An F1 student visa is a temporary permit to enter and dwell in the U.S. for the purpose of pursuing an academic program of study.
As a condition of your admission, you agree to respect state and federal laws and as well as your school’s student code of conduct.
Which crimes lead to deportation?
The Department of State holds international students to a very high ethical standard. Under the Immigration and Nationality Act, 8 U.S.C. 1227, a person who commits a “crime involving moral turpitude” is subject to deportation. While no exhaustive list exists, courts have previously determined the following crimes to meet the criteria:
- Kidnapping, assault or murder
- Theft, fraud or receiving stolen property
- Child or spousal abuse
- Driving while intoxicated and lying to the police
- Sexual assault
Authorities classify crimes on a case-by-case basis, but a key component of “moral turpitude” is evil intent or recklessness.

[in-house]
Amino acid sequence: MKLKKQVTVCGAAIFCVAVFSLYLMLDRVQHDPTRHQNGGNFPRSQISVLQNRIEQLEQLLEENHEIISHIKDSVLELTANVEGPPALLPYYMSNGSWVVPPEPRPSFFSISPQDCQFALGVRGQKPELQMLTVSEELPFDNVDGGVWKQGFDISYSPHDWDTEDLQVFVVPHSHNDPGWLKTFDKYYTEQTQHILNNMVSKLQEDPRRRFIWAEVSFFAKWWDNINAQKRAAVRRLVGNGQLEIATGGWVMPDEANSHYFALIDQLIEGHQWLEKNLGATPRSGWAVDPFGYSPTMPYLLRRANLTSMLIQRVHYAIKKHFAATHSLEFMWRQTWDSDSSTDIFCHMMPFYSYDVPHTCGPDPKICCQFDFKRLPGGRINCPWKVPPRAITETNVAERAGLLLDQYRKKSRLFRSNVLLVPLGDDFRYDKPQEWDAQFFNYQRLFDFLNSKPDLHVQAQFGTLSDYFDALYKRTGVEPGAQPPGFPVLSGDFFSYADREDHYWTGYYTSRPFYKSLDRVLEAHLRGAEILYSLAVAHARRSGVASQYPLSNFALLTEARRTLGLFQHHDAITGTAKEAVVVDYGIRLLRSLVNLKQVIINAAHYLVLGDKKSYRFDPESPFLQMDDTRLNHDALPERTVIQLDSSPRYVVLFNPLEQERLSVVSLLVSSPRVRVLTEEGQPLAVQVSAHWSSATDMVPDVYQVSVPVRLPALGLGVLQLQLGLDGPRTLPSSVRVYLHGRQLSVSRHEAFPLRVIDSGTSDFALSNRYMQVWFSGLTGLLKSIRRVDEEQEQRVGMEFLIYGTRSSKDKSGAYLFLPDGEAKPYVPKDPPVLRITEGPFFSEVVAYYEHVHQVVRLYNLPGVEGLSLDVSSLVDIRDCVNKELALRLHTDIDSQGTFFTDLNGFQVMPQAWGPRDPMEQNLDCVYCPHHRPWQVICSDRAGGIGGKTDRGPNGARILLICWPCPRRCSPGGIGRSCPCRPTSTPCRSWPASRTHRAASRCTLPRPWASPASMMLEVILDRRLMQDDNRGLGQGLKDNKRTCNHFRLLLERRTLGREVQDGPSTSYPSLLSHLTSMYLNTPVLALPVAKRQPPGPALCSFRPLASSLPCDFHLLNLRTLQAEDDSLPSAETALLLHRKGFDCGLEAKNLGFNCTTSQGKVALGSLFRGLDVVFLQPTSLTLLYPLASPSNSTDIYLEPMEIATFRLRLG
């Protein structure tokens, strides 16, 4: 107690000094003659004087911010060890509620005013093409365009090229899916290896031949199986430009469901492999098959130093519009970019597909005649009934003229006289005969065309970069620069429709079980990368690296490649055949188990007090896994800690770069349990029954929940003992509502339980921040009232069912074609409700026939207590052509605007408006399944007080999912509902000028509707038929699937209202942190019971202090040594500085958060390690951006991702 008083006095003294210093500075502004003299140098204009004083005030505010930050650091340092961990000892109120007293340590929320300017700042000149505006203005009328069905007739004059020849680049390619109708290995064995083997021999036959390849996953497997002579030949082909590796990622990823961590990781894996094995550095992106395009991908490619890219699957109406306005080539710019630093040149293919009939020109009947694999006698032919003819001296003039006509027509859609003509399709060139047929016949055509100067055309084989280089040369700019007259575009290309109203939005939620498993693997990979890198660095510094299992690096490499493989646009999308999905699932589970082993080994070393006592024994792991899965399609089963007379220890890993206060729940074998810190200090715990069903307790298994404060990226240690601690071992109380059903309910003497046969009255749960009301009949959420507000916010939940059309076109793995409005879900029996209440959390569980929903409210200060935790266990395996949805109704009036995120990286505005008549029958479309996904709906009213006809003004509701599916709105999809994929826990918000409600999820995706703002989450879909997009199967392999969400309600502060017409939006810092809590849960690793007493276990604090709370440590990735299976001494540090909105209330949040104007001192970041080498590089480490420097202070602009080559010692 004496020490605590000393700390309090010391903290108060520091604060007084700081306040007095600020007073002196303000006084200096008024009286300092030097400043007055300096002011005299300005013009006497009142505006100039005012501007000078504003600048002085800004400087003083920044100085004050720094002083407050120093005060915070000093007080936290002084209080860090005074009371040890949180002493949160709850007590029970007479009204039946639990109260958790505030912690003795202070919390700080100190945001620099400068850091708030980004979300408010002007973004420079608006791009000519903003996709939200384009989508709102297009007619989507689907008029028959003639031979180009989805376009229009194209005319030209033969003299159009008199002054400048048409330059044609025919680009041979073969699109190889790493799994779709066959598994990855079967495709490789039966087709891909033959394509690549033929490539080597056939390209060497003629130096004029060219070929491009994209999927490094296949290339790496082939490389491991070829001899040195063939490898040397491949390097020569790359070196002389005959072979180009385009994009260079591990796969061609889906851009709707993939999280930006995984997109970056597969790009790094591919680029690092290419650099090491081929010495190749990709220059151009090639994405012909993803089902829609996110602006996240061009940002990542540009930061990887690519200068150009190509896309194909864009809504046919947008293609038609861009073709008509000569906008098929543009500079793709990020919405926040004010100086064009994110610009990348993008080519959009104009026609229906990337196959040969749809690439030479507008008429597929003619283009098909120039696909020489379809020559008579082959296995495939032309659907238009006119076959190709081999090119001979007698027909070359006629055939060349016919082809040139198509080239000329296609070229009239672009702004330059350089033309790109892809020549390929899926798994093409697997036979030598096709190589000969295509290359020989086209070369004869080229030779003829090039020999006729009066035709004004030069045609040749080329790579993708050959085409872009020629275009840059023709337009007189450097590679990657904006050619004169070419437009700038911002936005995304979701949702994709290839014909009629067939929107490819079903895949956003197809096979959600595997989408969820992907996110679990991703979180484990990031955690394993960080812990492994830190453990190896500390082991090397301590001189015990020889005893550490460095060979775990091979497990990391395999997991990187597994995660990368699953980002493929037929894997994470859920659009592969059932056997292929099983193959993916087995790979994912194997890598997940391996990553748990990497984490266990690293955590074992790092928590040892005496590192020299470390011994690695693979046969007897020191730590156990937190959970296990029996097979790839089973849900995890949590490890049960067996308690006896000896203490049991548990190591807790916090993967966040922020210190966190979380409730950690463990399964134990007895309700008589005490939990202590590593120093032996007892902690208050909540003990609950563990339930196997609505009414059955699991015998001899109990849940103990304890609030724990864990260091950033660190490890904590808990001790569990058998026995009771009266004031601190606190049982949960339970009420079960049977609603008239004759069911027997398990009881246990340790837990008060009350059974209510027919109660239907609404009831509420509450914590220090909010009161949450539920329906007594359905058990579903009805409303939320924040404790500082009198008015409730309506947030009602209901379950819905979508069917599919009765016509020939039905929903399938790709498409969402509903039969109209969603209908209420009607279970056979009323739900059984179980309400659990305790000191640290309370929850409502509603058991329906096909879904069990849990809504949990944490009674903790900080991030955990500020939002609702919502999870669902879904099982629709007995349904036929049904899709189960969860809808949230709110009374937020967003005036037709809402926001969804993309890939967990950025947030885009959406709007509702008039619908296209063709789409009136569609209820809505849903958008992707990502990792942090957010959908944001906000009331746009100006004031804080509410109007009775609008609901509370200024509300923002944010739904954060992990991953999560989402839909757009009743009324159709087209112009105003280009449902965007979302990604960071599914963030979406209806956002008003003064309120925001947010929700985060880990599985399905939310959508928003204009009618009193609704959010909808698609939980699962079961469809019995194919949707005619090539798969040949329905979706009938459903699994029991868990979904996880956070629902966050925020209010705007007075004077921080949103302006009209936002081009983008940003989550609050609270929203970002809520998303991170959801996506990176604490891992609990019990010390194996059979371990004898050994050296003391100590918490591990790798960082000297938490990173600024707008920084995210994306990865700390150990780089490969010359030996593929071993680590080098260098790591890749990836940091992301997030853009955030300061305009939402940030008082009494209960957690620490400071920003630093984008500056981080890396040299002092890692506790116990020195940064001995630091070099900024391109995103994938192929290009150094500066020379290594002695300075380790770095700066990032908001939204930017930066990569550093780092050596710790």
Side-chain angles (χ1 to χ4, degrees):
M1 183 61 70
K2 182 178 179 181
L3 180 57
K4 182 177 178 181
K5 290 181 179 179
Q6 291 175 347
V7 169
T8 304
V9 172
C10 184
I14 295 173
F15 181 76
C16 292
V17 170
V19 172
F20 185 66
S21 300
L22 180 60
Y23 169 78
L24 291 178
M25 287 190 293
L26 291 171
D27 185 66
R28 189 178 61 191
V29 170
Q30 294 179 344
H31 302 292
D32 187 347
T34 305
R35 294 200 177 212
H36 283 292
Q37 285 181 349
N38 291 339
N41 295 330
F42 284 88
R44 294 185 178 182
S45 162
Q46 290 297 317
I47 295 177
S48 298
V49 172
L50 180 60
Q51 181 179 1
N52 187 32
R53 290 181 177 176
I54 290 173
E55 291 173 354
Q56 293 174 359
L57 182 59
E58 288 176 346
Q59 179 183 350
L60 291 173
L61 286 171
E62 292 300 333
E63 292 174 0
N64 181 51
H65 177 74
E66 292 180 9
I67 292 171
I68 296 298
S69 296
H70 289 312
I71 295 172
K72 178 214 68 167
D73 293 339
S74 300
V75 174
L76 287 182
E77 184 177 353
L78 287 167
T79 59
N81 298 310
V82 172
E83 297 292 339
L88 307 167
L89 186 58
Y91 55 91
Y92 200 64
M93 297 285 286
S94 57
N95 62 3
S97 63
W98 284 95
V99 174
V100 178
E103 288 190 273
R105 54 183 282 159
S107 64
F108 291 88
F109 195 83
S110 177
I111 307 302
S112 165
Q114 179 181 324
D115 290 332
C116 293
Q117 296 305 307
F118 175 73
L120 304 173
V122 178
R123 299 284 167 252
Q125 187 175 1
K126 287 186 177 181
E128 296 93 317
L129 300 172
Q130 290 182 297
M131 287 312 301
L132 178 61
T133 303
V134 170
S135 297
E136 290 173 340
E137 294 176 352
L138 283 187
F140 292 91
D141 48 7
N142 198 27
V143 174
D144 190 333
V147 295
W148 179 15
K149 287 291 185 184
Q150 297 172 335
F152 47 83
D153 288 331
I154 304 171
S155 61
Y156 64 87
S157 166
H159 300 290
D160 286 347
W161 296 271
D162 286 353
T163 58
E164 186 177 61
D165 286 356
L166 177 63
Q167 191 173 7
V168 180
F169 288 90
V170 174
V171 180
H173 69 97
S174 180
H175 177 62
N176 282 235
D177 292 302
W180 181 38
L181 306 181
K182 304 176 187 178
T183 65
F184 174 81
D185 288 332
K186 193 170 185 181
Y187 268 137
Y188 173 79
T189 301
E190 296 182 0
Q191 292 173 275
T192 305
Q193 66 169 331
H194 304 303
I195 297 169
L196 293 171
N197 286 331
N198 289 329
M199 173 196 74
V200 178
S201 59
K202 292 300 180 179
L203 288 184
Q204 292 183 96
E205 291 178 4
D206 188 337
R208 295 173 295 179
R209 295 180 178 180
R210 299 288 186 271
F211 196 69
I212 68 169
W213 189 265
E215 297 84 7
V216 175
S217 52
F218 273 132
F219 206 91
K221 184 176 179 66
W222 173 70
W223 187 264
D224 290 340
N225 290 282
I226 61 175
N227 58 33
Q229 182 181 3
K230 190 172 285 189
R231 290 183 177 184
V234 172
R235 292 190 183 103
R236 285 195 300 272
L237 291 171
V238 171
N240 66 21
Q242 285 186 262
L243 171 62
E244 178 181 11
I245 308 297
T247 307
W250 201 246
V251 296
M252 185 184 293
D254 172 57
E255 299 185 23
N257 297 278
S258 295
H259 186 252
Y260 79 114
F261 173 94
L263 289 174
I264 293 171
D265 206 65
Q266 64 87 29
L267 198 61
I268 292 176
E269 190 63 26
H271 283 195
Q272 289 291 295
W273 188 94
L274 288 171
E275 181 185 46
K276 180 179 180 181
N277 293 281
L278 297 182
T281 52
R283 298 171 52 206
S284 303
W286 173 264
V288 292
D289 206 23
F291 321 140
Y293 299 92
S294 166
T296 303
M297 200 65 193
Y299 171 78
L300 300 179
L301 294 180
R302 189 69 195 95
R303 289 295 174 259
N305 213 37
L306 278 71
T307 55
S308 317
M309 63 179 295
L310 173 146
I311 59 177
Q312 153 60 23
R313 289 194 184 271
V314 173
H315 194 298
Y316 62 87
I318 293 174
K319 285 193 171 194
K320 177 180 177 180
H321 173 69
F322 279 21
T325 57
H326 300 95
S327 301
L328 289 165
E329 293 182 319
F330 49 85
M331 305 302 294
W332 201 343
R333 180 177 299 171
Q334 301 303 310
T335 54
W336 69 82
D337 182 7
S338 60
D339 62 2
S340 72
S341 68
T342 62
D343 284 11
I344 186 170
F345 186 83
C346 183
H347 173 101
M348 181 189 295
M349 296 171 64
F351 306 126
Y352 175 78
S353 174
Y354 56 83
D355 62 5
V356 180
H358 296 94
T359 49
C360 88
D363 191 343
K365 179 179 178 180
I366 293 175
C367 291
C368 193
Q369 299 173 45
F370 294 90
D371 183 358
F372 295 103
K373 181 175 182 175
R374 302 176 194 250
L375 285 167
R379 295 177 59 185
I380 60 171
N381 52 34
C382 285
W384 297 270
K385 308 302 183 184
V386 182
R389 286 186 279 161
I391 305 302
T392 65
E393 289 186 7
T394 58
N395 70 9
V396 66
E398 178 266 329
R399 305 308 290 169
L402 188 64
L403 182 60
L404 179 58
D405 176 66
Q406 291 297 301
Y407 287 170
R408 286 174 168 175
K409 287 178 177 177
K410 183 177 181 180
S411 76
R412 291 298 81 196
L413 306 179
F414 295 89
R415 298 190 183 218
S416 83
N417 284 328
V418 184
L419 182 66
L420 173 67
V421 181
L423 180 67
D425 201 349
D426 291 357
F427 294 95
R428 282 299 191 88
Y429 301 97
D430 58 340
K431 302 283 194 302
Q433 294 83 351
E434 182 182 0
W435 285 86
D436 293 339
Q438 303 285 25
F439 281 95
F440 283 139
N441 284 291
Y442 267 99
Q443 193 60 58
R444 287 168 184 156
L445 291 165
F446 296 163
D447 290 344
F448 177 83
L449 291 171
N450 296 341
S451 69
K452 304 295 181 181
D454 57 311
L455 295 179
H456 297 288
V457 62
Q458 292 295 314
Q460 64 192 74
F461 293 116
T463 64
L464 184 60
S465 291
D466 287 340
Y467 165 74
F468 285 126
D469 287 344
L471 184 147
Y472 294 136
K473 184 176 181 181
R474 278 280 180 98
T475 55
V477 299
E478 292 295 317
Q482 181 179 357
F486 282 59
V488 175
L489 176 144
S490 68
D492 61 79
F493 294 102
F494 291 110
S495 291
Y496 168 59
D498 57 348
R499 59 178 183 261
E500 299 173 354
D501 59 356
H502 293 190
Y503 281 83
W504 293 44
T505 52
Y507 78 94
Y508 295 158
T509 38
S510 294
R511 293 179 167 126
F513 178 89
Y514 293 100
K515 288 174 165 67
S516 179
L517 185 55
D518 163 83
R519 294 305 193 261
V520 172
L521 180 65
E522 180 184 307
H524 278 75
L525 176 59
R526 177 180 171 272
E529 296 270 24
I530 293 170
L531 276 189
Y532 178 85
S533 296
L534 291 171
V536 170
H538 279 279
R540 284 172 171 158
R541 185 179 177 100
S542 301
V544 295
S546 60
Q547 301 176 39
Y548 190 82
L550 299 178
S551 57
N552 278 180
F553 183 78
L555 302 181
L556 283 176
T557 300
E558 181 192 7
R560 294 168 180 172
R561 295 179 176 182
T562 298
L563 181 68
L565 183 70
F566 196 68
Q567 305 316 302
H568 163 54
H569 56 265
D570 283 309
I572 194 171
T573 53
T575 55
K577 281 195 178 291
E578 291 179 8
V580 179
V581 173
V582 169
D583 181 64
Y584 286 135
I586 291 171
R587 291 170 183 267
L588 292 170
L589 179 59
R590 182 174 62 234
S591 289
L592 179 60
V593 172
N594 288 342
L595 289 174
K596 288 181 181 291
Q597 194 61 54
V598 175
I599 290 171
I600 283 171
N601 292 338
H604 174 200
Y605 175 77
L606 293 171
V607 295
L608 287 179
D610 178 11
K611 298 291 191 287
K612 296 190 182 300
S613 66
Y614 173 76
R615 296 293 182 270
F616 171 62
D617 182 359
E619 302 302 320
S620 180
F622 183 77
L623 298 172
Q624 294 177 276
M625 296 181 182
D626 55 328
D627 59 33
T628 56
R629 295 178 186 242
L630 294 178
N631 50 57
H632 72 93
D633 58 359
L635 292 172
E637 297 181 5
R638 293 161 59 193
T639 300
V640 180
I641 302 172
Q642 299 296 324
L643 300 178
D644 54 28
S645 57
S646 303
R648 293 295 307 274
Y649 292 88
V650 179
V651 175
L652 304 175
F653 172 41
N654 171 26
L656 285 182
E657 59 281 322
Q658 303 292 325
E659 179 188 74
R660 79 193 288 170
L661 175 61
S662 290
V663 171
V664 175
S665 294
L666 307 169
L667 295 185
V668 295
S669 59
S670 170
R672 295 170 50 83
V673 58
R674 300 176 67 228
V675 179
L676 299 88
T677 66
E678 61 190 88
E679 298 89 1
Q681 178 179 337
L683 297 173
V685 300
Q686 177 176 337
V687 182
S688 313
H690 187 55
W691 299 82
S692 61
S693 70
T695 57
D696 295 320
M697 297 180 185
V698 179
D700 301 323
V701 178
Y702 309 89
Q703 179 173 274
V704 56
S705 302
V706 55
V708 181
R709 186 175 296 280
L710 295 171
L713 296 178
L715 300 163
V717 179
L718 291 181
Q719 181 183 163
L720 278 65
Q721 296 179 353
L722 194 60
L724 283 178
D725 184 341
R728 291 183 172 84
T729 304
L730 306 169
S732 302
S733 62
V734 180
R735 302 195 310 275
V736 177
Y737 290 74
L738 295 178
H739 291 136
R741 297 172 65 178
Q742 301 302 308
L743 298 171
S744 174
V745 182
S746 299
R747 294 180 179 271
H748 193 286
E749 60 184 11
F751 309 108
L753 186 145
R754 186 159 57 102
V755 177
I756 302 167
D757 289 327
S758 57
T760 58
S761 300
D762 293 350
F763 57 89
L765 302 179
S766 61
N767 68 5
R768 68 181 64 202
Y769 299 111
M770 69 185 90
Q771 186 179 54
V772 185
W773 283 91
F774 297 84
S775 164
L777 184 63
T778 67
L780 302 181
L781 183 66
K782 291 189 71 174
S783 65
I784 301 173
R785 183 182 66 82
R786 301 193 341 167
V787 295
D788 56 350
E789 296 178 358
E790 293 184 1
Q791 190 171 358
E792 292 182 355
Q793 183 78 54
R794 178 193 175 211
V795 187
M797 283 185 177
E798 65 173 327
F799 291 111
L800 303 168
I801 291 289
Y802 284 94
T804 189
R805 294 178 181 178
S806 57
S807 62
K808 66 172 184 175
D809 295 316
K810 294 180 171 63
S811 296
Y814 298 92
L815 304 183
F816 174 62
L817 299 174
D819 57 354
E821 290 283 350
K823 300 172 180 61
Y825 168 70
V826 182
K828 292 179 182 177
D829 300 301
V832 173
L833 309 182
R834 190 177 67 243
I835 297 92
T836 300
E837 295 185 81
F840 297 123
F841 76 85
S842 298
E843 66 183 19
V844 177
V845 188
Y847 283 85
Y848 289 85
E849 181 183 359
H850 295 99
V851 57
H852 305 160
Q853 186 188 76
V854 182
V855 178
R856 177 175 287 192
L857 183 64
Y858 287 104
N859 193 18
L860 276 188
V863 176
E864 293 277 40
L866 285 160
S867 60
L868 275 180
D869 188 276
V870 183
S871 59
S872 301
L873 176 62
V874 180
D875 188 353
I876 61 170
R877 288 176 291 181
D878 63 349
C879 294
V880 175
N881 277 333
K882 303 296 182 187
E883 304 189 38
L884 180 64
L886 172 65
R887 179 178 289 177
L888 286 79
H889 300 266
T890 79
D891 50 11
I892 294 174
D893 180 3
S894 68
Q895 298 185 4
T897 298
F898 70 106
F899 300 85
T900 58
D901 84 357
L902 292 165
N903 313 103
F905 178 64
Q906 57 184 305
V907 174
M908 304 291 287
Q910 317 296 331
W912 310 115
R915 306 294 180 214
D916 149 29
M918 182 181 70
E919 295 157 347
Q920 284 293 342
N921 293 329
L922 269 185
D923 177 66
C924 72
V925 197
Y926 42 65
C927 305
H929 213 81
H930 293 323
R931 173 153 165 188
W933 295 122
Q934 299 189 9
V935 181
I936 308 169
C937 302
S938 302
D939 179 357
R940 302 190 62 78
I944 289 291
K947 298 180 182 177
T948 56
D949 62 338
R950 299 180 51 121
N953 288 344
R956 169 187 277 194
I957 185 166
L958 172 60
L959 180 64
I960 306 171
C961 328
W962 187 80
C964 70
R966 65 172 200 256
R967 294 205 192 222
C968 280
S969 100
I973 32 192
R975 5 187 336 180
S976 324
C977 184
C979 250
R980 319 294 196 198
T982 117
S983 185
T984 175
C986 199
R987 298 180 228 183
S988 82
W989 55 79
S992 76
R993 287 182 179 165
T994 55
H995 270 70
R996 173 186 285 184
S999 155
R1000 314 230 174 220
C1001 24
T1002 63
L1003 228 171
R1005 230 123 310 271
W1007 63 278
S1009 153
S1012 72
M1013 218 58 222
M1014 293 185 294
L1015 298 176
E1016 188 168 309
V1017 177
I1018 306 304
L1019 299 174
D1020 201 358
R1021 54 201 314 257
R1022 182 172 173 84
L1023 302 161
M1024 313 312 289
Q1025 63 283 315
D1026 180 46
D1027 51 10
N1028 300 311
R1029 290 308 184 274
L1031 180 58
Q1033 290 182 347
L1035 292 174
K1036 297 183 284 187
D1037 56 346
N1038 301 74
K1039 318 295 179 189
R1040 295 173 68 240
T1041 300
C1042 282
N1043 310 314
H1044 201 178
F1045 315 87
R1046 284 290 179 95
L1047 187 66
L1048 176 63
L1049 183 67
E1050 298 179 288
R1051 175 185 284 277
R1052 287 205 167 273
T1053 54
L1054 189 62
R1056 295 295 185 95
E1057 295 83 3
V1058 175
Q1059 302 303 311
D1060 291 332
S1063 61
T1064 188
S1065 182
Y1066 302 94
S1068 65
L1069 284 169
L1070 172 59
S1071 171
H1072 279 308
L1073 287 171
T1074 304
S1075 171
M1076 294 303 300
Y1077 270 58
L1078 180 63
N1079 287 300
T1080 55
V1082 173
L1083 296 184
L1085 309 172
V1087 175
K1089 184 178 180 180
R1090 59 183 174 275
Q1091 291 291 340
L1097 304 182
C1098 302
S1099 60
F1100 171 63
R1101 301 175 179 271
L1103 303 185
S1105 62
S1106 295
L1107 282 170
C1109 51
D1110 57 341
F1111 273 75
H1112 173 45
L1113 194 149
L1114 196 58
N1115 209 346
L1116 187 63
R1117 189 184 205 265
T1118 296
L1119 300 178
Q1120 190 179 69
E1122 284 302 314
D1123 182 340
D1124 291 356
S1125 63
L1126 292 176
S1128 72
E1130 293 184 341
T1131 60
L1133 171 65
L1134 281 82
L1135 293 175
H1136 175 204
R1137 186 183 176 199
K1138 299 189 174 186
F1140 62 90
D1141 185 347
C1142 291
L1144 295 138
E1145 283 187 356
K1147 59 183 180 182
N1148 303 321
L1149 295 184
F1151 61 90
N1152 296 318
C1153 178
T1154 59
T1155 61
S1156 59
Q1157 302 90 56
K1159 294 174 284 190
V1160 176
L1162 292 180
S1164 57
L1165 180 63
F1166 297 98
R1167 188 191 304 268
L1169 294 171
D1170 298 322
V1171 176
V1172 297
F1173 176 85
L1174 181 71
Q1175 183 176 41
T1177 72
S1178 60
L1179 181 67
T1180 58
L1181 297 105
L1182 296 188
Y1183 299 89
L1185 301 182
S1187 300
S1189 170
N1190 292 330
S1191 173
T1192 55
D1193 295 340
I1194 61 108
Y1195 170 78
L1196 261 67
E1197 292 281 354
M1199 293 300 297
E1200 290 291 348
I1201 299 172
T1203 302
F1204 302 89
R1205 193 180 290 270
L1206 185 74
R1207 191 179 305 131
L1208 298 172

When do immigration authorities get involved?
Immigration and Customs Enforcement may not actively search for F1 visa students convicted of DUI offenses. However, when the time comes to renew your visa or work permit, they may deny your application and/or revoke your visa without informing you. You may not learn about your status until you try to reenter the country after traveling abroad.
Additionally, if you receive disciplinary action from your academic institution, the school must report your infraction to ICE.
While an accusation of criminal behavior can threaten your visa status, as a legal occupant of the U.S., you have an entitlement to the same constitutional rights and protections as any American.